Event to showcase fight for tribal fishing rights

Learn more about the Yakama Nation’s salmon fishing traditions and its struggles for fishing rights this Tuesday at 7 p.m. in the Heritage Theater at Toppenish’s Yakama Nation Cultural Center.

As part of the free event, writer, poet and activist Emily Washines of the Yakama Nation will join Portland-based photographer Intisar Abioto to share their stories and photos from fishing on the Columbia River. Washines will also talk with the Yakama Nation’s David Sohappy, Jr., whose civil disobedience with 13 other Yakama Nation members in the 1960s and ’70s led to a court ruling that resulted in state and federal governments recognizing tribal fishing rights.

The short 1971 documentary “Little White Salmon Indian Settlement” by Harry Dawson will be screened at the event, which is made possible by a grant from Humanities Washington. For more information go to cascadiamagazine.org or email Andrew Engelson via info@cascadiamagazine.org.


While on a geology walk from the west end the Cowiche Canyon Trail, a local bird enthusiast tallied 15 species of birds, including the best bird of the day: a northern pygmy owl, a tiny but ferocious hunter with a taste for songbirds, sitting in the top of the largest tree near the start of the east uplands trail.

A couple of hours spent in Garrett Canyon above the Naches River found some good birding with ruffed grouse, golden eagle, bald eagle, hairy woodpecker, mountain chickadee, golden-crowned kinglet, pacific wren, Townsend’s solitaire and fox sparrow highlighting the trip.

A Terrace Heights resident had a good mix of birds in his yard including California scrub-jay, common raven, house sparrow, house finch, American goldfinch, dark-eyed junco, song sparrow and spotted towhees that are what probably attracted the sharp-shinned hawk and merlin that are hanging around.

A Sunnyside resident is still being visited by a trio of jays with California scrub, Steller’s and blue jays all vying for the peanuts in the feeder. It’s entertaining to watch the scrub jays as they carefully hide the peanuts around the yard, while constantly on the lookout for thieves. But just as soon as the jay leaves the yard a black-billed magpie will show up and go right to where the peanut was hidden and make off with it.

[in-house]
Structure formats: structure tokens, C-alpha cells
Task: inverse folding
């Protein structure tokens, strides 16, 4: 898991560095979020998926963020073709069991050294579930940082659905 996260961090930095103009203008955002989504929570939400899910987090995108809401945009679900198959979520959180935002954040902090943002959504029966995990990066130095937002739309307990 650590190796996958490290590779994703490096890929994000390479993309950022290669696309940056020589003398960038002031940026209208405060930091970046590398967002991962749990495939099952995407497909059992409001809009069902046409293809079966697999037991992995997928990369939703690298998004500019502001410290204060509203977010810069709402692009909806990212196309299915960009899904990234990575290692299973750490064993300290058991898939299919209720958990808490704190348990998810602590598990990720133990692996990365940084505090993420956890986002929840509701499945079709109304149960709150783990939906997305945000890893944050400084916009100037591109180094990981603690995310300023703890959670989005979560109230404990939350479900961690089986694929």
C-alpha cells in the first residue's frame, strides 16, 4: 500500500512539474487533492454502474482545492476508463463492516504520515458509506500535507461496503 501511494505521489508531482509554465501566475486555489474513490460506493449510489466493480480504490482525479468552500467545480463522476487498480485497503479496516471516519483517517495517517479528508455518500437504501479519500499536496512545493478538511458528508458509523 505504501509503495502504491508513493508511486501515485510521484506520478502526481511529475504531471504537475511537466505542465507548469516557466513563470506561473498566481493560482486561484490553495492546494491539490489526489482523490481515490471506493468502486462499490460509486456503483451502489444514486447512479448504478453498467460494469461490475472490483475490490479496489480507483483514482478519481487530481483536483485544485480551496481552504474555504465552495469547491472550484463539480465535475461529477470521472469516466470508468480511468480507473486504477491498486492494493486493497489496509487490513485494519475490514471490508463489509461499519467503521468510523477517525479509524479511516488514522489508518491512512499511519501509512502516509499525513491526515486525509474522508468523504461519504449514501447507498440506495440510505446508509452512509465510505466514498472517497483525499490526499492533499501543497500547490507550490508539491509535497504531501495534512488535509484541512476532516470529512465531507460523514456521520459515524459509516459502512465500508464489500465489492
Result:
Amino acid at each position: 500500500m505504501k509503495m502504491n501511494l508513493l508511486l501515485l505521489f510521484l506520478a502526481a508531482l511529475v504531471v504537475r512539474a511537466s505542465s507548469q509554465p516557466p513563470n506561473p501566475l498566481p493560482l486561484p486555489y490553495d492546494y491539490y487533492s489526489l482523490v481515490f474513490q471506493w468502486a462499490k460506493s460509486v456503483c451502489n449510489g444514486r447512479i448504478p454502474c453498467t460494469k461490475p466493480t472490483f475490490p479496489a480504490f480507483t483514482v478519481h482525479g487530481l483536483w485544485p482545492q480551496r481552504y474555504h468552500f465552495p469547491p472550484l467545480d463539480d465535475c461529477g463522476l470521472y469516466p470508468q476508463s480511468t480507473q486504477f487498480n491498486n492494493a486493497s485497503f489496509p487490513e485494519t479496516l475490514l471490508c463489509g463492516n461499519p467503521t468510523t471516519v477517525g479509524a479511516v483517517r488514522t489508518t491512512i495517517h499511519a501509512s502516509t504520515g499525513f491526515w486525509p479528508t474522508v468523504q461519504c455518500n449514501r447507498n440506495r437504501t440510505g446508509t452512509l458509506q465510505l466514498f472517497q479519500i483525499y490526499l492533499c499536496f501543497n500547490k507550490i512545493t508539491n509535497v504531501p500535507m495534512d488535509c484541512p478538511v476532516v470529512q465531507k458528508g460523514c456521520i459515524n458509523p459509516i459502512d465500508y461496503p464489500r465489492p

Please email your bird sightings to kdturley@embarqmail.com and be sure to like us on our Facebook page or visit our yakimaaudubon.org.


THURSDAY: The 10th annual Turkey Trot 5K walk/run with a costume contest and prizes will benefit local nonprofits Camp Prime time and the Yakima Greenway. The race starts at 9 a.m. with registration from 8 to 8:40. Entry fees are $25 for adults, $10 for youth 15 and under, or $22.50 for adult groups of four and $10 for youth groups. For more information and to register, go to the event’s


FRIDAY: Suncadia Resort will host the Running of the Elk 5K at The Swim and Fitness Center. Each runner will be given a pair of antlers to start the race and runners can complete their holiday elk attire along the course with a red nose and a bell. The entry fee is $40 and the race starts at 10 a.m. Register online or find more information at active.com and please bring your ID for registration on race day.

ALSO FRIDAY: Naturalist Bob Chicken will lead a free one-hour Thanksgiving Tree Walk at 10 a.m. at the Yakima Area Arboretum. Participants will learn about how Native Americans and colonists exploited and changed the trees of pre-colonial New England. The walk will be approximately one mile long. For more information go to ahtrees.org.

SUNDAY: The Hard Core Runners Club will host the first of four races in its annual Winter Race Series on a three-mile course at Sarg Hubbard Park. All races start at 1 p.m. and registration fees are $10 for the series or $5 for a single race for club members. Non-members must pay $30 for the series or $8 for a single race. Group rates are available for families and cross country/track teams. For more information and an entry form, go to hcrunners.org.

GETTING OUTDOORSTUESDAY: The Cascadian Free Spirits will hike eight to 10 miles with 1,700-2,000 feet of elevation gain at Reynolds Creek in the South Fork Cowiche Creek area, WDFW Oak Creek Green Dot map, and the Trekkers will go to a destination yet to be determined. Both groups will depart at 8 a.m. from the Chesterley Park parking lot. Those with the Free Spirits should bring micro spikes and snowshoes if there’s been any recent ice or snow, and drivers will need a Discover Pass. Email Kathleen at mrspickerk@gmail.com or Kim at kmccorquodale313@gmail.com with any questions.

THURSDAY, Dec. 5: The Cascadian Pathfinders will hike at Jupiter Dunes in the Kahlotus Area. For more information, including meeting time and place, call Bob at 509-457-2014.

Kerry D. Turley